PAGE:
Robert D. Denham is John P. Fishwick Professor of English, Emeritus, at Roanoke College in Salem, Virginia. Before that he was Professor of English and Chair of the department at Emory & Henry College, and in the mid-1980s he served as Director of English Programs and Director of the Association of Departments of English for the Modern Language Association in New York City. Denham received his M.A. in religion and art and his Ph.D. in English (with honors) from the University of Chicago. He has devoted much of his professional life to writing about Northrop Frye and editing his work.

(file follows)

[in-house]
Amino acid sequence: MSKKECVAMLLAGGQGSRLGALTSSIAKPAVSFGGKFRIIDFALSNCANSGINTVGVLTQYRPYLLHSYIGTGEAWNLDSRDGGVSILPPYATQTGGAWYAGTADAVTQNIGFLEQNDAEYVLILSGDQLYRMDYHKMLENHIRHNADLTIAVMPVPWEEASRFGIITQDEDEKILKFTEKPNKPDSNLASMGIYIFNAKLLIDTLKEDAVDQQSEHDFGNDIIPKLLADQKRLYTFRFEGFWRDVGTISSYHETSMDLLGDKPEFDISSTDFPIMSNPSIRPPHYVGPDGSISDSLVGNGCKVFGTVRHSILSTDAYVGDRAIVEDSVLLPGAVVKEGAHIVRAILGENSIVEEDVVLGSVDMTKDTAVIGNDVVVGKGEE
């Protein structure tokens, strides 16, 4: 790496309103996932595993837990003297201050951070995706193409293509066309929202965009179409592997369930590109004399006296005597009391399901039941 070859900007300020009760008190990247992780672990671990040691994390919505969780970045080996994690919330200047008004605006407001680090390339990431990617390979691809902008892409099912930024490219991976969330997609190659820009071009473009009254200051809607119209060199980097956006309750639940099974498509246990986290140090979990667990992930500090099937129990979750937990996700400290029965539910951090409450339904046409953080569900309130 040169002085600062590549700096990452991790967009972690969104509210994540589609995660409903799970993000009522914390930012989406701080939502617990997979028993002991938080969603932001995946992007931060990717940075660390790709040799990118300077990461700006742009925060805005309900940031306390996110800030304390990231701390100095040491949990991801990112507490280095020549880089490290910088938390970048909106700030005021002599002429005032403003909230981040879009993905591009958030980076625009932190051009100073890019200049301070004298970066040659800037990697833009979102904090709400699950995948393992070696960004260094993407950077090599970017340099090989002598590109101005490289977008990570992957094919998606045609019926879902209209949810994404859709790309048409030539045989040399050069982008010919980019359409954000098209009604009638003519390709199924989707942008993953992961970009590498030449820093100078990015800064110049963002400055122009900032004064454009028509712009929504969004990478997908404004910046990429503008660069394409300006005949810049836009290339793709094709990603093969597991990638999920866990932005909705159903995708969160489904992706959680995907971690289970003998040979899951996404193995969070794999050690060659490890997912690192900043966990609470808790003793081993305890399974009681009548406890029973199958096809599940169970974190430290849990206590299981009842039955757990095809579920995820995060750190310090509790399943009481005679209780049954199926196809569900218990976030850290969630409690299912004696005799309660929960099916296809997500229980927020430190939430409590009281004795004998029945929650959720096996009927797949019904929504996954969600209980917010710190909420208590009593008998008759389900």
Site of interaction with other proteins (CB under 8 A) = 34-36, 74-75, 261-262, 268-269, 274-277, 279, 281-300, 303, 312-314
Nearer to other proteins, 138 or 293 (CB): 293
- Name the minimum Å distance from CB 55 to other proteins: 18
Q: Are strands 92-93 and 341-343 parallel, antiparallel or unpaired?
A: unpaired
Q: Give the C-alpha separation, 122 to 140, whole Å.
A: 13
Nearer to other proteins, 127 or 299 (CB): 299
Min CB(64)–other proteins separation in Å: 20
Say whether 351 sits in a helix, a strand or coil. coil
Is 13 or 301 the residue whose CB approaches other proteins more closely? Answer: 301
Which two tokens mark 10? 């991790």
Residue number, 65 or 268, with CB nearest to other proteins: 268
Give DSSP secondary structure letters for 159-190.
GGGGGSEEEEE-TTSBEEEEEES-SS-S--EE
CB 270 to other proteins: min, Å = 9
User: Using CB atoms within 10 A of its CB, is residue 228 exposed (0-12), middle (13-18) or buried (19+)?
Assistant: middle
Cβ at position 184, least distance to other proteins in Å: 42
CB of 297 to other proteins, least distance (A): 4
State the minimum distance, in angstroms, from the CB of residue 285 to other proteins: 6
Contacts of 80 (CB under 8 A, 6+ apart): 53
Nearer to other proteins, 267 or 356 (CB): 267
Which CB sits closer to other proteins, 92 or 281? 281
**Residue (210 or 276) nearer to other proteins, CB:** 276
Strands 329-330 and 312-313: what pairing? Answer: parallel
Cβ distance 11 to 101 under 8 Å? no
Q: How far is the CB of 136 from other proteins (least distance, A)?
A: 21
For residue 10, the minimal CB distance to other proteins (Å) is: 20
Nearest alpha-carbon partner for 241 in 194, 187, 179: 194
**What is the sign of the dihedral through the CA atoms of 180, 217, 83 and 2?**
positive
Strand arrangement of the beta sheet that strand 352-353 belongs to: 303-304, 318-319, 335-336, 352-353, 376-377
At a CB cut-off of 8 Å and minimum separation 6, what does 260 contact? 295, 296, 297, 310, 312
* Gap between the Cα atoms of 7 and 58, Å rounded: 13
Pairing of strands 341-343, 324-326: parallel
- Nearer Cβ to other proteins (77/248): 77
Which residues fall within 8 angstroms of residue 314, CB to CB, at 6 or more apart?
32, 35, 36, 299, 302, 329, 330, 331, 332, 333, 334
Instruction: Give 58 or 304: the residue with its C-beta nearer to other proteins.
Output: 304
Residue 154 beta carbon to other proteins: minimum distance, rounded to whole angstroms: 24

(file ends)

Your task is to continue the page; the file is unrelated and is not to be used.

The thing I most wanted to write to you about was how blown away I am by Northrop Frye and Others. I'm teaching four courses and am pressed for time, and had already started another book, so I told myself I'd just read the Introduction. But I couldn't put it down and am now in the middle of the chapter on Joaquim of Floris. This book is major Frye criticism, not a rehashing of minor points about Frye: it's not a mopping-up operation but rather breaks new ground. That is certainly true of the Aristotle and Longinus chapters. I think Denham is utterly persuasive about Frye's switch of allegiance in the second half of his life: it accounts for so much, not only in his writing on the Bible but in, for example, his transformed view of Romanticism....The work is not just a reference work, but I'll add that it can be used as one even by someone as versed in Frye and his sources as I am. -- Michael Dolzani